What is it and How YOU can help!
May is a month full of meaningful things for me. It is Mother’s day, which means my kids remember to be nice to me. (Kidding. They are really good kids.) My anniversary is also something I look forward to each May. We got married around Memorial Day, which usually gives us a long weekend to celebrate. But a very important event in May is Mental Health Awareness.
We all talk about awareness of this and awareness of that. What does that actually mean? Is just talking about it or having it marked on a calendar enough? Mental Health Awareness is educating the public about mental illnesses such as anxiety, depression, bipolar, schizoprehia, etc.
What is the reality of a mental illness?
It’s easy to look up a list of mental illnesses and their symptoms. You can be knowledgeable, but do you really understand? Mental illness does not just affect the individual. Anyone that loves and cares about a person with mental illness is affected. A mental illness is a disruption to a person’s life, which can in turn disrupt normal, every day functioning. Perhaps your have noticed these things. You may have seen someone get very upset over something trivial or resist new or unfamiliar situations. These could be symptoms of an anxiety disorder. You might have experienced someone who “zones” out. This could be a person fighting a delusion.
It’s important to know that no one wants these illnesses or the symptoms that come with them. Many work very hard to hide those symptoms in order to appear “normal”. This can be exhausting both mentally and physically. You might even be surprised to learn that your happy, out going friend actually struggles with depression.
I own a child care center, which means I interact with a wide variety of people and families. We often see symptoms of mental illness in children . One of the hardest part of a teacher is talking to a parent about the possibility of something not right with their child. Along with stigmas, people look for blame. Does this mean they are a bad parent? Is it hereditary and they “gave” it to their child? Maybe they will just outgrow it. Early intervention in mental health in a HUGE factor for helping an individual with a diagnosis.
Acceptance, not shame
People hide mental illness for a variety of reasons. The main one is the stigma around mental health issues. Lack of education allows stigmas to continue to grow and be prevalent in our society. We are quick to support those struggling with things such as cancer or diabetes. Mental illnesses are physical illnesses in the brain. When someone has a cancer diagnosis, while we cannot see it, we accept it. We rally around that person and support them. We wear ribbons of varying colors to show our support. There are races and fundraisers. If that same person had a diagnosis of bipolar, would they receive that same reaction? Most likely not.
I have read many posts on FaceBook over the years of people announcing their cancer diagnosis. They will document their journey, post quotes about being a fighter and celebrate each victory. When a person is diagnosed with a mental illness, they are unlikely to post it on FaceBook. They will search for support groups, but before joining, check that the group is private, so their friends don’t see. They will research how to hide their symptoms.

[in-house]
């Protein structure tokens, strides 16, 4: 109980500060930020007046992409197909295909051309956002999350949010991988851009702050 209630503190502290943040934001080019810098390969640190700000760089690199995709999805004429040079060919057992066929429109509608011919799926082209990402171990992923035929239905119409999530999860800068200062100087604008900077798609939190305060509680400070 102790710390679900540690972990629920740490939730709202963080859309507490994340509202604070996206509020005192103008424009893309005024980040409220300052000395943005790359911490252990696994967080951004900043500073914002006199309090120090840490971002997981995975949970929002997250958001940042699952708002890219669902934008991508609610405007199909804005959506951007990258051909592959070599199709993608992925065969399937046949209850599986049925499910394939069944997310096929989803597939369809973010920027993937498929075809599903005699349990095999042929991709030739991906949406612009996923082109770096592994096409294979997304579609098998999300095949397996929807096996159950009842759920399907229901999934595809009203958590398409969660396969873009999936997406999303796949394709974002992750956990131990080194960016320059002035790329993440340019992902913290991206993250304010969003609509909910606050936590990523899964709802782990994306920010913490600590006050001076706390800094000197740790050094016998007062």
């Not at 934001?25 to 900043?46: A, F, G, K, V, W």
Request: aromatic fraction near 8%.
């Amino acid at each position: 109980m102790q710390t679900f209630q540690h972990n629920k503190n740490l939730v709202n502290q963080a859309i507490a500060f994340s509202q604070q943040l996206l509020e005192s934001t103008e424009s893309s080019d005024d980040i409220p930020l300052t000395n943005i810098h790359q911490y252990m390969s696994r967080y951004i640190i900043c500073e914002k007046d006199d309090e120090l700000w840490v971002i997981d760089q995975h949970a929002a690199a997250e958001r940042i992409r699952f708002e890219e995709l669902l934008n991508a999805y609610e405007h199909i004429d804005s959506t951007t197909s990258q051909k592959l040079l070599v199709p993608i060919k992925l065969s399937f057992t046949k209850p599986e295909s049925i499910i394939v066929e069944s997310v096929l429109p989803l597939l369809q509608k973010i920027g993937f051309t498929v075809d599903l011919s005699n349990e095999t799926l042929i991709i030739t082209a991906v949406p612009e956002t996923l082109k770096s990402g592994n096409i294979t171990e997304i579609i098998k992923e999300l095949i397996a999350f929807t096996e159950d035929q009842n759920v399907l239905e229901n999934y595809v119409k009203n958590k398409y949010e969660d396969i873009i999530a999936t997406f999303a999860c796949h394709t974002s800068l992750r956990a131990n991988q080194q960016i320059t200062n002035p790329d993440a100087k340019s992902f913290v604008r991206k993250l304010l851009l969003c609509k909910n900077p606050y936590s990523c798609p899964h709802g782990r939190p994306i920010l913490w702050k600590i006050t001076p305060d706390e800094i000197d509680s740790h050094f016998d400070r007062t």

Only acceptance and education will get rid of the stigmas surrounding a mental illness diagnosis. This means being open minded and supportive. It means being willing to accept things you might not quite understand. It’s being willing to learn what the signs and symptoms are and how to help.
To better understand the prevalence of mental illnesses, here are some statistics (cause every one loves numbers!):
- Anxiety is the most common diagnosis in adults. 18% of adults will be diagnosed with Post Traumatic Stress Disorder, Obsessive Compulsive Disorder, Panic Disorder, Generalized Anxiety Disorder or other phobias.
- 10% of adults will experience a mood disorder such as depression or bipolar.
- Children between the ages of 3 and 17 can be diagnosed with a mental illness. 9.4% of children have Attention Deficit Hyperactivity Disorder. Behavior and conduct disorders affect 7.4% of children while 7.1% have anxiety disorders.
- You may be surprised that 3.2% of children will be diagnosed with depression.
These numbers are only those who have been diagnosed and reported. We need to remember that with stigmas, not everyone is seeking help or may have barriers to receiving help. These numbers are most likely much higher.
How and Where to get help and support
Now that you are AWARE of mental illness, what can you do? You can be an advocate for those with mental illness. If you struggle with your own diagnosis, be open about it. You don’t have to share too much information. Share what you are comfortable with. I have Generalized Anxiety Disorder This can mean that I get worked up over something others would see as nothing big. Some may call me high strung or a worry wart. But it goes much deeper than that. Anxiety can literally cause you to be frozen in place. There are times I feel as though I cannot move until I work out the problem in my head. Anxiety causes me to catastrophize things. If it is something I do not know the outcome of I can make up worst case scenarios. I’ve learned to decatastrophize things in order to calm my fears.
Looking over your friends list, armed with your new awareness, you may notice these personality quirks that could be more. Don’t be a diagnosis vigilante! Just because someone is stressed or worried isn’t an automatic anxiety diagnosis. Someone with mood swings isn’t necessarily bipolar. As an advocate, your job isn’t to suggest diagnosis, it’s to listen. It’s to be supportive, aware and encouraging. If someone comes to you just listen. Share resources with them if you can. Let them know you are always there.
Some great resources are: